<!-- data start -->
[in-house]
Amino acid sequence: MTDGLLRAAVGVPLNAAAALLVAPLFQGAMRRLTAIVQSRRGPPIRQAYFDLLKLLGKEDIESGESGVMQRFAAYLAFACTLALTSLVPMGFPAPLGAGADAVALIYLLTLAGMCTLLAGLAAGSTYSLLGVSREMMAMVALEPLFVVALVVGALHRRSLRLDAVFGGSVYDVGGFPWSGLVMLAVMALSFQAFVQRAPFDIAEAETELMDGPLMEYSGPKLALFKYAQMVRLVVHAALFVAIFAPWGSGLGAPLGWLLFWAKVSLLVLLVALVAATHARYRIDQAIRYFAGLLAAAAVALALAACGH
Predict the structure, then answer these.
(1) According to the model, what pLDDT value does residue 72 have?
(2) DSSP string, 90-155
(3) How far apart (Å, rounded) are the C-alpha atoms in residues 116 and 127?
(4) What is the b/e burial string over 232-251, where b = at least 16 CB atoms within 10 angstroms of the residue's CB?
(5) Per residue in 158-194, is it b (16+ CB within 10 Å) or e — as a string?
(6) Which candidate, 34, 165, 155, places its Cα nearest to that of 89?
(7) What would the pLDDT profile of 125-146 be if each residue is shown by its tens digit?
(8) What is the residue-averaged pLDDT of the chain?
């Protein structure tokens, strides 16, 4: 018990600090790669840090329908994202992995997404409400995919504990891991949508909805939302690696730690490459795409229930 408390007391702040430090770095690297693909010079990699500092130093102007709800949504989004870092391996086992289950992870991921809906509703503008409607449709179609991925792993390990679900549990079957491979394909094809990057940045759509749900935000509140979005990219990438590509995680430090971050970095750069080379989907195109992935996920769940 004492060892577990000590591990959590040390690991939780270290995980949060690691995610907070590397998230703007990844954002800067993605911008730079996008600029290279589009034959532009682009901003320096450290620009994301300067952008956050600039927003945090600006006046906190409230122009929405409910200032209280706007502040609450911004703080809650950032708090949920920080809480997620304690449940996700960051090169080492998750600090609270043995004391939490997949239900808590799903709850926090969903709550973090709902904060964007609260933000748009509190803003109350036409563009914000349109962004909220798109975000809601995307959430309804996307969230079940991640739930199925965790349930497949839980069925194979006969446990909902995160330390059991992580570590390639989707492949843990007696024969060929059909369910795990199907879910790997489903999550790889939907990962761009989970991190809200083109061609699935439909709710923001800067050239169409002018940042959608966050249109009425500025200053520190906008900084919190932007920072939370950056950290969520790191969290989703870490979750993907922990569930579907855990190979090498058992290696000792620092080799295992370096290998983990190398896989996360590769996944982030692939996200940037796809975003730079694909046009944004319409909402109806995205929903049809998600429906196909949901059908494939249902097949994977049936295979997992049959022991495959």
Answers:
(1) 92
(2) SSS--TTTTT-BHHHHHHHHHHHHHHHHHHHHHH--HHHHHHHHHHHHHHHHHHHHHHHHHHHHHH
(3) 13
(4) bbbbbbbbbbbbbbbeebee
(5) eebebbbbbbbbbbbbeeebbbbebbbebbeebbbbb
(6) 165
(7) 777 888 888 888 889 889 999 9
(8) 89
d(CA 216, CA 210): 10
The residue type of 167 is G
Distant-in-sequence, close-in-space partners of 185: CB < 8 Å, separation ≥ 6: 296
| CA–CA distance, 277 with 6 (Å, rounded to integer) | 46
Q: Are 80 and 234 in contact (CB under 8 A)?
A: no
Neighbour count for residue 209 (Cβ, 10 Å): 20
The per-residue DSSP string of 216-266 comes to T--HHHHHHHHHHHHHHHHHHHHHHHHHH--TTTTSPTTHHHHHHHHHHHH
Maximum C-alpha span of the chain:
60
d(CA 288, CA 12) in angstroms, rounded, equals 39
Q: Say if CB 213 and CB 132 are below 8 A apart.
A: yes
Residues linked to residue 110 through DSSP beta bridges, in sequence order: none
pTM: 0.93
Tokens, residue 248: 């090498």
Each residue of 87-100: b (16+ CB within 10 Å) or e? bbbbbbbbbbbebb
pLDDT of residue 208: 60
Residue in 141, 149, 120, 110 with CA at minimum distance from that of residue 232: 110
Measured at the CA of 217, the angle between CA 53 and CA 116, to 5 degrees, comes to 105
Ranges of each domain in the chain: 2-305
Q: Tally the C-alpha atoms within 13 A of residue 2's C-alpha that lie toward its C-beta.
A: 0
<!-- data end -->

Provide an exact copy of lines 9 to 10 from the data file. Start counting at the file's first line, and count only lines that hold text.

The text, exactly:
(6) Which candidate, 34, 165, 155, places its Cα nearest to that of 89?
(7) What would the pLDDT profile of 125-146 be if each residue is shown by its tens digit?